Compared to the heat outside, the lobby of my hotel was a cool haven from the blazing sun.  The carpeting underneath my feet was threadbare, and the oak panels were in dire need of a repair, but the hotel still managed to cling to the long-forgotten charm of an older era.  On the wall was a clock that had broken years ago, the hands permanently stuck at ten minutes after five.  There were also a few paintings and photographs showing unknown scenes of the past.  I would have loved to repair the interior to its former glory, but like the bricks outside, no carpenter could truly master the techniques of the Ancients.
Hussen, my recently hired clerk, looked at me impassively from the front desk as I passed him by.  He was a man of medium build, a shock of black hair that always looked unruly, and brown eyes that were forever roaming.  I missed my old worker, Pawl, but he had recommended his brother to take over his duties.  I really had no reason to complain of Hussen’s performance, but he was sullen and did not show me the respect that I thought I deserved.  But at least he could read and write, which is more than I can say for many of the other residents of this town.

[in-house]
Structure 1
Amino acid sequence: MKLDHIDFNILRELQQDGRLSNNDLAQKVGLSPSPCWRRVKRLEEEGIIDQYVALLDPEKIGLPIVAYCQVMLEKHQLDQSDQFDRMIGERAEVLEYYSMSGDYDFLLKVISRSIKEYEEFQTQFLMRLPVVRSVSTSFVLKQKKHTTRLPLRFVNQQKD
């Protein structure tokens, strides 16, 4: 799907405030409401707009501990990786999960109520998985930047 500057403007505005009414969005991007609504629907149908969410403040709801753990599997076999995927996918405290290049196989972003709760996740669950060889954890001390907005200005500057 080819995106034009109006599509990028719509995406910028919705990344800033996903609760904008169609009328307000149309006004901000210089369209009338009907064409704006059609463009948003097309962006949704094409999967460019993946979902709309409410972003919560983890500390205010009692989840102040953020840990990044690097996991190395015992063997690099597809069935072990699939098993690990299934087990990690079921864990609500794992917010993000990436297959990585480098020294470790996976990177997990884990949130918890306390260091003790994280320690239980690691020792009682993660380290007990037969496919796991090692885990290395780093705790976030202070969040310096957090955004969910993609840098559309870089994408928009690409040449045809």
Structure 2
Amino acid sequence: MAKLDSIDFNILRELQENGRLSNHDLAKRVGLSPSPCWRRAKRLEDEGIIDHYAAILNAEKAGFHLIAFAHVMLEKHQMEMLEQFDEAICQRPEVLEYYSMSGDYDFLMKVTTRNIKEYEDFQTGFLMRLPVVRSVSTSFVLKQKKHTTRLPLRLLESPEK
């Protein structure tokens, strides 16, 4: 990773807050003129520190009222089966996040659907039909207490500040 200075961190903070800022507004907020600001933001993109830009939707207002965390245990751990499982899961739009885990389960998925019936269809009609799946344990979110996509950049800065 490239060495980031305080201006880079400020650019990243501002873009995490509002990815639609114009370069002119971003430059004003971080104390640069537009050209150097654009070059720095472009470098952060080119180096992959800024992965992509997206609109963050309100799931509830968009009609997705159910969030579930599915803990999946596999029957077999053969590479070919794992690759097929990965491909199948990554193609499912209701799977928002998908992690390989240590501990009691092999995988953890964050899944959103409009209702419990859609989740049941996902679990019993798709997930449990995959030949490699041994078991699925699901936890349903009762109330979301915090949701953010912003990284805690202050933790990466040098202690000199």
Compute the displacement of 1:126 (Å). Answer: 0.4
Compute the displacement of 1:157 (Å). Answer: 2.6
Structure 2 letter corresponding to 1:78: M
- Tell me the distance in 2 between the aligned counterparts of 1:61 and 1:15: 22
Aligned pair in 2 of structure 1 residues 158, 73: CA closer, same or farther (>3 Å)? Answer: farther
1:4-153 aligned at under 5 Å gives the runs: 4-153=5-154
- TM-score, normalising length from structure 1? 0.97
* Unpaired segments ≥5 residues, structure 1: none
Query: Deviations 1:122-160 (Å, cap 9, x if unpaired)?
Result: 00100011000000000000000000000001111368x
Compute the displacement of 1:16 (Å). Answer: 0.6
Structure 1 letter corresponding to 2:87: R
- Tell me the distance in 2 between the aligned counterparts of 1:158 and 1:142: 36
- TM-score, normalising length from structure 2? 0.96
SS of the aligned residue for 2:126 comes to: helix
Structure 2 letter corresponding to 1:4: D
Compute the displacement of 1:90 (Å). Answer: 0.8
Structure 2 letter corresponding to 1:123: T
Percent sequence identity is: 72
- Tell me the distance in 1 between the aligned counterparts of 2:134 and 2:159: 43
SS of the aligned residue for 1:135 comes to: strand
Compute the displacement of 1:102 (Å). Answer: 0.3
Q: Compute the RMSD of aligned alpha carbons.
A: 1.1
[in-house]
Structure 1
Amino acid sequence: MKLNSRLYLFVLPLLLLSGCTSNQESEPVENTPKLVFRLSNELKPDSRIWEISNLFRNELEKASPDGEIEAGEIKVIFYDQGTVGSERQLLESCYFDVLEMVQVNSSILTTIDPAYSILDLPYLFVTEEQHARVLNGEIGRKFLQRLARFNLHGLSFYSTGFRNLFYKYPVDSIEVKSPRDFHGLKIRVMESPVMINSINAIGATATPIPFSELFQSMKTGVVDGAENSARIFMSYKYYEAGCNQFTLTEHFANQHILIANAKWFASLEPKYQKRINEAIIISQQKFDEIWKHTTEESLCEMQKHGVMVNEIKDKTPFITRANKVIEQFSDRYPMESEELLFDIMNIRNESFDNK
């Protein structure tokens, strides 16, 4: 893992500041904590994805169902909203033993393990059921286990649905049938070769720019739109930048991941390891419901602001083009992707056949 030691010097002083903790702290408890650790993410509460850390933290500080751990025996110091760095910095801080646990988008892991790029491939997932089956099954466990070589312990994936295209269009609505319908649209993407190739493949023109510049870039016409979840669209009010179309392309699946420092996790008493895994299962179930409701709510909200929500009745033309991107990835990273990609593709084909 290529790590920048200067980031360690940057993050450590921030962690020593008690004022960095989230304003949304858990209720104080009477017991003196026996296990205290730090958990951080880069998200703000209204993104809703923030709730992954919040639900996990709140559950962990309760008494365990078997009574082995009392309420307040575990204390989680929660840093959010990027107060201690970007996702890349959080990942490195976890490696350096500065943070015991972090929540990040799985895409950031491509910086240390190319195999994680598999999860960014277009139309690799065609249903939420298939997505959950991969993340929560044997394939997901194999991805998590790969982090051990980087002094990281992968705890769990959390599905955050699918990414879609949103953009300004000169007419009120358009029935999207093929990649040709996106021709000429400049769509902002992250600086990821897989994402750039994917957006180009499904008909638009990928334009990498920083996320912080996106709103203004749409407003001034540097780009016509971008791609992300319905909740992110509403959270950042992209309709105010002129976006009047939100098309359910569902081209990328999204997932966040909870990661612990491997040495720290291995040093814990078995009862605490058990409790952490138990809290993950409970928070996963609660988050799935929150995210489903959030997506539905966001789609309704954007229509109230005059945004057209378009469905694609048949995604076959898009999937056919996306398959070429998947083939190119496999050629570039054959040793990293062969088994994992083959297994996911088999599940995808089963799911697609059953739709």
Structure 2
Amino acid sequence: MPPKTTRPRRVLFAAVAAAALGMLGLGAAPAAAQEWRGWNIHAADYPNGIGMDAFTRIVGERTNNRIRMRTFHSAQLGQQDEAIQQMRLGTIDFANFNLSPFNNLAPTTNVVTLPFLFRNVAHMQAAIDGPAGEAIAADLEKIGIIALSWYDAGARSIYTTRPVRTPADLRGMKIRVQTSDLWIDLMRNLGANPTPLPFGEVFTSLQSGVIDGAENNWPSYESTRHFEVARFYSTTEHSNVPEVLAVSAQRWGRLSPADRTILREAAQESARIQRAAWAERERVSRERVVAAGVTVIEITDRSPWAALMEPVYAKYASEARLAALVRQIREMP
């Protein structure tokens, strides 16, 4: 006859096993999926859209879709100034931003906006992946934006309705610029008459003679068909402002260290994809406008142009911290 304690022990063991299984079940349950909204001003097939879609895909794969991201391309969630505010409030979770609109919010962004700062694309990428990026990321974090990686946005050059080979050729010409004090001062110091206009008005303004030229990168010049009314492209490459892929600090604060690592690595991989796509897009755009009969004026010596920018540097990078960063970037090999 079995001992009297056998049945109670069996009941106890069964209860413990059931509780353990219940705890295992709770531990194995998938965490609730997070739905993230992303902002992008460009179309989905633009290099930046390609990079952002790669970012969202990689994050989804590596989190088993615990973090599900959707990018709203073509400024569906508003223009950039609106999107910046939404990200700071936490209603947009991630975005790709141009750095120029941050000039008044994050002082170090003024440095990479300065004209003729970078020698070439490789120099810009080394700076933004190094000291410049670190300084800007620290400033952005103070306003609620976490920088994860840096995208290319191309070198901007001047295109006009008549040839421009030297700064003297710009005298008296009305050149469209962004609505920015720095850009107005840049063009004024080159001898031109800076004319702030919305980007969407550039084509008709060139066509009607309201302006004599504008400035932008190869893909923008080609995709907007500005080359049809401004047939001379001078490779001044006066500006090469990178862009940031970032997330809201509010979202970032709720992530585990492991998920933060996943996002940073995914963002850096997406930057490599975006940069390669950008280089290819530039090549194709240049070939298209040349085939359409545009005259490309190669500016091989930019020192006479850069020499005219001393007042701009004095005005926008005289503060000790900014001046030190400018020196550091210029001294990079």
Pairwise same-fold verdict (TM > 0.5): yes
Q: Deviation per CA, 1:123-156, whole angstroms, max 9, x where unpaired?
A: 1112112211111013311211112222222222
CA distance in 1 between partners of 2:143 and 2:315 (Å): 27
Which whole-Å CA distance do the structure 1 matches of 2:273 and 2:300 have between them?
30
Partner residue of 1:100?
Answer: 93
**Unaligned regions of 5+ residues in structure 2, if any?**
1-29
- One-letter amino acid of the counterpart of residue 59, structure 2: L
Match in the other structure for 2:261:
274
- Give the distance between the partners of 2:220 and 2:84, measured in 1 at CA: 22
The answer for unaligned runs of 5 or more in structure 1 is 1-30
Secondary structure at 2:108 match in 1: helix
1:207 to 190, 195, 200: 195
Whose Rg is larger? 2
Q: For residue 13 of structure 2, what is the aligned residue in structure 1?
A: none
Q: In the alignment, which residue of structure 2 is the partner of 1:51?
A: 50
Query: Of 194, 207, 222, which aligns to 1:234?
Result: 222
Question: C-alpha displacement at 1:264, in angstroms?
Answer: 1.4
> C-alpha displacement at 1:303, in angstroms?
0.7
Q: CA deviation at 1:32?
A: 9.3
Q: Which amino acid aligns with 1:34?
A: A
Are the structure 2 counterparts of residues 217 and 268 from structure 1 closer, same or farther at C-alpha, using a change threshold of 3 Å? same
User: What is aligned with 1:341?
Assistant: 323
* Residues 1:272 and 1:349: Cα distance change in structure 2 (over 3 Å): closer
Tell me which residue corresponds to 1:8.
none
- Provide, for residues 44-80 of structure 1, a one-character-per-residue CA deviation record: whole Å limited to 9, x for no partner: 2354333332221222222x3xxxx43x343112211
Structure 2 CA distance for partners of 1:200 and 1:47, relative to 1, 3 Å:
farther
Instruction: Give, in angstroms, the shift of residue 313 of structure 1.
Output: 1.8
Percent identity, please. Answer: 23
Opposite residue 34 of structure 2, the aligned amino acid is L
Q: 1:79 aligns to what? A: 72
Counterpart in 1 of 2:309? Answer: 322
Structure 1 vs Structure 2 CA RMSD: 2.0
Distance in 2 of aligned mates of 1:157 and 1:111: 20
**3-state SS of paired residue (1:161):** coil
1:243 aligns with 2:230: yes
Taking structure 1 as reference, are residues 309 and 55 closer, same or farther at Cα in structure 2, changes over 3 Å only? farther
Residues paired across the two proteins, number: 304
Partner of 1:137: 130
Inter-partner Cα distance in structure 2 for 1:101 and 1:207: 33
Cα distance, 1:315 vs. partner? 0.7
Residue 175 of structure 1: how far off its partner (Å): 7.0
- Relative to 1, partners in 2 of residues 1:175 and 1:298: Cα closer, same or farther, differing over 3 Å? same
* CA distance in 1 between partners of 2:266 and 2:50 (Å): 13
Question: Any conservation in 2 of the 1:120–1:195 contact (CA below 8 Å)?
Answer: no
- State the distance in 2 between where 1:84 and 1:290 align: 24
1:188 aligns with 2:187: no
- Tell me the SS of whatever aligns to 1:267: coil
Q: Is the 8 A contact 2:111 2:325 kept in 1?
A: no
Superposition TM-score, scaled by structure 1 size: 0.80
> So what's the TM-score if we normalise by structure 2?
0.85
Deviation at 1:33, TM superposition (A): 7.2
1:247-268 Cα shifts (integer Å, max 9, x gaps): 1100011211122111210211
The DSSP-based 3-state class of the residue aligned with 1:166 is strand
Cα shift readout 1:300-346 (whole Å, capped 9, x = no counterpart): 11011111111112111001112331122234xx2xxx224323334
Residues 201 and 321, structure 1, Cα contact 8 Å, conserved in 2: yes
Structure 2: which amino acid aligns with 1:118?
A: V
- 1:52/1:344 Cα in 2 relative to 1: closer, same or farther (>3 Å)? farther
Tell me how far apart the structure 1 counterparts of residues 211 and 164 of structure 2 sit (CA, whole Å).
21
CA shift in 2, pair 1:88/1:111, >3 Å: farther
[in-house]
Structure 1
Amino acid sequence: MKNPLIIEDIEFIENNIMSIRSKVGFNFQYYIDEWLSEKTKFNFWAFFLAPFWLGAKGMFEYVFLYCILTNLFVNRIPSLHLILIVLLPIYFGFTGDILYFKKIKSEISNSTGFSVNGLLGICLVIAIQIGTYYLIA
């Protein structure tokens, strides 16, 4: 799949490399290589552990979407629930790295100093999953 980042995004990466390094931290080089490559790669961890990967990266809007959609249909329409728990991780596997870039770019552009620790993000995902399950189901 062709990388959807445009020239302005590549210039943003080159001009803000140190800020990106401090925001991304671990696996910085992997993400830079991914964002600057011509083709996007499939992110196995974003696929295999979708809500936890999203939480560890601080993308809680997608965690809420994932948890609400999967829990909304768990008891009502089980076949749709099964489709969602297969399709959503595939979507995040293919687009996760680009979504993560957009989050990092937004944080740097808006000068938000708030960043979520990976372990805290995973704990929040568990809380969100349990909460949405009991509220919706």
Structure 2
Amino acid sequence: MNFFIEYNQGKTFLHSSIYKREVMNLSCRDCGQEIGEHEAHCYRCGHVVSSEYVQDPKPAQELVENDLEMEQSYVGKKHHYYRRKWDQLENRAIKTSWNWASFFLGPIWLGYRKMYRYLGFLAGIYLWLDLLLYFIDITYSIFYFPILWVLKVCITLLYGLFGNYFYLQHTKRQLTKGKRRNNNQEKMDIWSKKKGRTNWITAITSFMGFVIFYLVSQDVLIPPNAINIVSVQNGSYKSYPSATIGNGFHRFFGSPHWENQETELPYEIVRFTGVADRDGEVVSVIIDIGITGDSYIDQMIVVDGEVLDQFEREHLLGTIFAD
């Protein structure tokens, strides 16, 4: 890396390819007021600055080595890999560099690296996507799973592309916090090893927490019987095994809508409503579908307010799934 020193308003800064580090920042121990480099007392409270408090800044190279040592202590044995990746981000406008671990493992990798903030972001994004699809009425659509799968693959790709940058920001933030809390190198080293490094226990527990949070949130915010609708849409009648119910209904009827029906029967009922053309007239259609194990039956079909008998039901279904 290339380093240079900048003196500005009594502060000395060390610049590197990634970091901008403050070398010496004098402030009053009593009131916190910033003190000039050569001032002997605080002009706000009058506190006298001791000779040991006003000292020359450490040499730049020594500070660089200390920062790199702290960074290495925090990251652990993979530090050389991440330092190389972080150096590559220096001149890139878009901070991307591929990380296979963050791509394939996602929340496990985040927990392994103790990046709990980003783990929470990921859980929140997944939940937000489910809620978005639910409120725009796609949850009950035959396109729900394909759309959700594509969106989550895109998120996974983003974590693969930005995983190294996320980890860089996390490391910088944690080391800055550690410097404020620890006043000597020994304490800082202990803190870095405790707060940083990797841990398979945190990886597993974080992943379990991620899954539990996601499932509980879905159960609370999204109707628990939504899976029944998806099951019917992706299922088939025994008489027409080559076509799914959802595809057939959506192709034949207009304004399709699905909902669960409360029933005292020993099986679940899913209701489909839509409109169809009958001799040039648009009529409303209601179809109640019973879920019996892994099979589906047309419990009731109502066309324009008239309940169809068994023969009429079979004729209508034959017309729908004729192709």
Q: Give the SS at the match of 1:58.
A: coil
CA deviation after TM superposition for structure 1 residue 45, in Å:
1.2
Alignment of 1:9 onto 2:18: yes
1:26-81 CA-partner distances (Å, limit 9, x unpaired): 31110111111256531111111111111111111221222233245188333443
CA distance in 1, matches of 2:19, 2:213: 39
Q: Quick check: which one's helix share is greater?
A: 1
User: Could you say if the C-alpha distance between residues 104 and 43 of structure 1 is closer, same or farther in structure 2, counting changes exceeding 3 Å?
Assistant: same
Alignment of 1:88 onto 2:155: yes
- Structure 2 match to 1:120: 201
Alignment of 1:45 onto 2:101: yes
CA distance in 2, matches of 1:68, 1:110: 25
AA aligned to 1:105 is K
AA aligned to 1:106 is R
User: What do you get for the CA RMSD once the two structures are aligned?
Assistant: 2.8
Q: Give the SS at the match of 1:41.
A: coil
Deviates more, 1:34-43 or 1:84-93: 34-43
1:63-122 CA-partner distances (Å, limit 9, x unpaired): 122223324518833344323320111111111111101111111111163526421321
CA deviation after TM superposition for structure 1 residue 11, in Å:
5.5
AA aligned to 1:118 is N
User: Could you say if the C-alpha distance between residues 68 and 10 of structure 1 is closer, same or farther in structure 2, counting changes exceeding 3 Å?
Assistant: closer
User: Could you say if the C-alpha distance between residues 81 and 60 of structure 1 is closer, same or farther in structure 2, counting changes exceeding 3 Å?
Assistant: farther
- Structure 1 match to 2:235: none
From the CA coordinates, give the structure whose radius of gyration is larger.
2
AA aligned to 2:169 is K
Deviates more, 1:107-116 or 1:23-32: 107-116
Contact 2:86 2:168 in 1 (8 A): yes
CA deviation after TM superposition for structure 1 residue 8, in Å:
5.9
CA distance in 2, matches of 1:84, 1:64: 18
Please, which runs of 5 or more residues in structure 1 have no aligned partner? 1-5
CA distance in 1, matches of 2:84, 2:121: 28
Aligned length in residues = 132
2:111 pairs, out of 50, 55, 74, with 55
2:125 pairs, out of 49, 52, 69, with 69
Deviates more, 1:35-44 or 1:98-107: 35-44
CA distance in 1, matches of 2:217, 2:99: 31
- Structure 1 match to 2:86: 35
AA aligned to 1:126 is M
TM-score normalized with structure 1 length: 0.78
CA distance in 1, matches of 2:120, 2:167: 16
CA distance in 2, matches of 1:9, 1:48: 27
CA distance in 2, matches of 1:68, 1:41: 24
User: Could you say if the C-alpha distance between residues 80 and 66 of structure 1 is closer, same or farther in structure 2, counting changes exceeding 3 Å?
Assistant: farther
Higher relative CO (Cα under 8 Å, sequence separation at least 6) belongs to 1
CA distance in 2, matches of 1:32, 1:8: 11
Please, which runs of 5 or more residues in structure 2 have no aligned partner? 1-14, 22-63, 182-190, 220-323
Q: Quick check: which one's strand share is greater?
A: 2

Taking the creaky wooden stairs two-at-a-time, I climbed to the third story.  I then took the hallway leading to my very best room.  It was dark here, the only light coming from the open window at the end of the hall.  After suppertime, candles were lit to guide my customers to their rooms, but economy forced me to rely on natural light during the day.
            I stopped at the door near the end of the hallway.  Giving it a tentative knock, the door was immediately opened by a thin sergeant with a wispy black beard.
            “Ah, the landlord has finally arrived,” he said.  He then flung the door open to let me pass.
            As I mentioned before, this was the best room in the hotel.  It was really two rooms that at some time in the past had been combined into one.  The original wall that had once separated the two rooms was now a graceful arch that ended with a white column on either side.  The open windows revealed the seemingly unending desert outside.  On the two sofas sprawled the other soldiers, busily eating the lunch of lamb stew that the maid had brought up.  They were messy eaters, so I rightfully feared for the condition of the fabric, which was worn but in amazing condition considering the age.